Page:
2. initiating reforestation programs; and
  3. ensuring community-based conservation programs.

How We Protect Lemurs And Other Wildlife

Together with Malagasy scientists trained at universities in Mahajanga and Antsiranana, we’re undertaking some of the first ecological assessments of two focal forests: Analalava and Ambohitrandrina. This means describing the area’s lemurs, animals, and plants, as well as the anthropogenic threats facing these ecosystems, including deforestation. The area has rarely been visited by scientists and taxonomists, and the work will help define new priority areas for conservation and reforestation.

We also aim to extend our work to other neighboring areas once we’ve established sustainable programs in the current project sites. Looking forward, we plan to set up a tree nursery, collect seeds, and grow and plant 10,000 trees; the goal for the pilot project will be to reforest 5 hectares of degraded habitat, to improve it for wildlife.

What lemur species does HTTMA protect?

HTTMA IMG_1925At the moment, the organization focuses its habitat protection efforts on areas that impact the following species:

  • Crowned lemurs (Eulemur coronatus)
  • Fork-marked lemurs (Phaner sp.)
  • Mouse lemurs (Microcebus sp.)
  • Sanford’s brown lemur (Eulemur sanfordi)
  • Sportive lemurs (Lepilemur sp.)

How We Support Local Communities

HTTMA IMG_1860Our work involves local communities in order to lay the foundation of a sustainable reforestation and forest management project in the two forests where we currently work. Specifically, we are developing activities that supplement our ecological work, including: 1) capacity building, 2) alternative livelihoods, and 3) local social development.

We’ve worked together with communities to discuss and write a conservation and reforestation road map. In addition, activities will create at least five temporary jobs (8+ months of employment each) as well as one, full-time position for a local graduate student who will act as a coordinator of the organization’s activities. The organization will also train members of the local community to enhance their knowledge in biology, ecology, and conservation, including hired guides, reforestation technicians, and students.

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Association Tantelygasy

Association Tantelygasy Logo.

Association Tantelygasy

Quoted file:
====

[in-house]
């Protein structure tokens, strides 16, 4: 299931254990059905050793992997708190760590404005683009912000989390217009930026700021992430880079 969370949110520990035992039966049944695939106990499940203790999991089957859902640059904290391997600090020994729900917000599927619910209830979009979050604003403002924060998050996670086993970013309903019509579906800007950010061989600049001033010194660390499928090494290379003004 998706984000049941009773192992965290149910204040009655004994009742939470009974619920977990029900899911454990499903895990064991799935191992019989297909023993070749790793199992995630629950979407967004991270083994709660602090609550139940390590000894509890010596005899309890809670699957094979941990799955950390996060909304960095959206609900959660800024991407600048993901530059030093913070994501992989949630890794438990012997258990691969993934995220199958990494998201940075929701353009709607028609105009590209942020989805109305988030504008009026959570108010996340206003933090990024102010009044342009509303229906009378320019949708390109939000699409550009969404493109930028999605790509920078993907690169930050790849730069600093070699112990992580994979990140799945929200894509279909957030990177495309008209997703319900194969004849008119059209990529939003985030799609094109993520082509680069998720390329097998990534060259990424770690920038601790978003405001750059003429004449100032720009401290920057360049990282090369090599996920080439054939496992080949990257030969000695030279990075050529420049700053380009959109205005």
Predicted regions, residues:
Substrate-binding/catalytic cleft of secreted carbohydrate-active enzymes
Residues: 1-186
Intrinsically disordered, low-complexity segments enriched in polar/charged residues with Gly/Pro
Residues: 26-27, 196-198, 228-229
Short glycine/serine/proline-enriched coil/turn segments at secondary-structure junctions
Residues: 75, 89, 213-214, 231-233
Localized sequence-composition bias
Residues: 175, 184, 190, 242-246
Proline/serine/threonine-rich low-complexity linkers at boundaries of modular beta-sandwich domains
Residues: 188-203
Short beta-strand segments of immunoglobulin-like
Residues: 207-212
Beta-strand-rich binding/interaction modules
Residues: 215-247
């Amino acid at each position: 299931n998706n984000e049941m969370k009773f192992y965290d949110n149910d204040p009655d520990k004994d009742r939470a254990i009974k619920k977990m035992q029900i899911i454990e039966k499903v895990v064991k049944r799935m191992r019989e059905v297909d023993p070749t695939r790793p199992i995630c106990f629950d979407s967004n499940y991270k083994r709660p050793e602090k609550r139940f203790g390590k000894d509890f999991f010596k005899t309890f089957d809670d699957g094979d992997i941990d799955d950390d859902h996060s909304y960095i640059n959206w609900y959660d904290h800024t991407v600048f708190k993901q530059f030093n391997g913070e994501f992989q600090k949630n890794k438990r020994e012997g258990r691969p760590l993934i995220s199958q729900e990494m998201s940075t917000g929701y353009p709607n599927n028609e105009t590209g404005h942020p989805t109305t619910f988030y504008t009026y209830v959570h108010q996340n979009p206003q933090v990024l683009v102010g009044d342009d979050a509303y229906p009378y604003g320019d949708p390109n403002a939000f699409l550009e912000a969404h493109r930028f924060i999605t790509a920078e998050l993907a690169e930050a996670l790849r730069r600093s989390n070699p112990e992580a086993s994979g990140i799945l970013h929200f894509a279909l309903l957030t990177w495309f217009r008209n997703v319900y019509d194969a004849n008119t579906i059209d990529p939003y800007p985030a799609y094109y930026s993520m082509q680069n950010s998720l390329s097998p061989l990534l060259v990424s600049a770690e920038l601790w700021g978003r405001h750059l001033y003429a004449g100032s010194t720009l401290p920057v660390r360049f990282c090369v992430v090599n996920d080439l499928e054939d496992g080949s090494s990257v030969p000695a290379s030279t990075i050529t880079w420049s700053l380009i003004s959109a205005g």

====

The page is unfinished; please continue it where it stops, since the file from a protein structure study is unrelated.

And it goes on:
What We Do

Association Tantelygasy uses innovative development and reforestation programs to protect lemur habitat and help conserve lemurs in central Madagascar.

How We Protect Lemurs And Other Wildlife

One of our larger objectives is to work with local communities to ensure the ongoing health of the forest, which protects and helps regenerate lemur habitat. Reforestation efforts were launched in 2014, planting over 1,300 trees in just six months! The Association continues reforestation work through tree planting and creating tree nurseries.

How We Support Local Communities

We work in partnership with village leaders and with local village associations to build capacity in the community and ensure the sustainability of our organization’s programming. In addition, we conduct a wide range of pro-environment programs in Ambositra to incentivize communities to protect remaining forest and gain income from non-forest sources.

Eco-tourism

We have been developing eco-tourism at our project site since 2012. In the first six months of this eco-tourism program, we built its foundation, attracted 45 visitors, and planted 1,300 trees!

Association Tantelygasy seeks funds to continue building up the community’s ability to accommodate and manage a tourist economy. This includes:

  • Training guides who can collaborate with tourism agencies and responsibly guide tourists through the protected forest
  • Creating and maintaining official trails through the forest to minimize human impacts on the local fauna and flora
  • Constructing a reception area at the entrance to the park
  • Constructing an area for security guards to stay overnight at the entrance of the park, so they do not have to travel a distance back to the local village
  • Conducting a comprehensive survey of the flora and fauna in the forests, with the help of specialists, who will also study how local communities use the forest’s plants in their traditional healing practices

Handicraft Association

Association Tantelygasy is working with local women’s associations to develop a local handicraft trade, including embroideries and baskets made of local products. While the local women’s associations obtain most of the financing needed for the handicrafts, Association Tantelygasy will be promoting sales abroad and raising the larger funds needed to advance these community associations.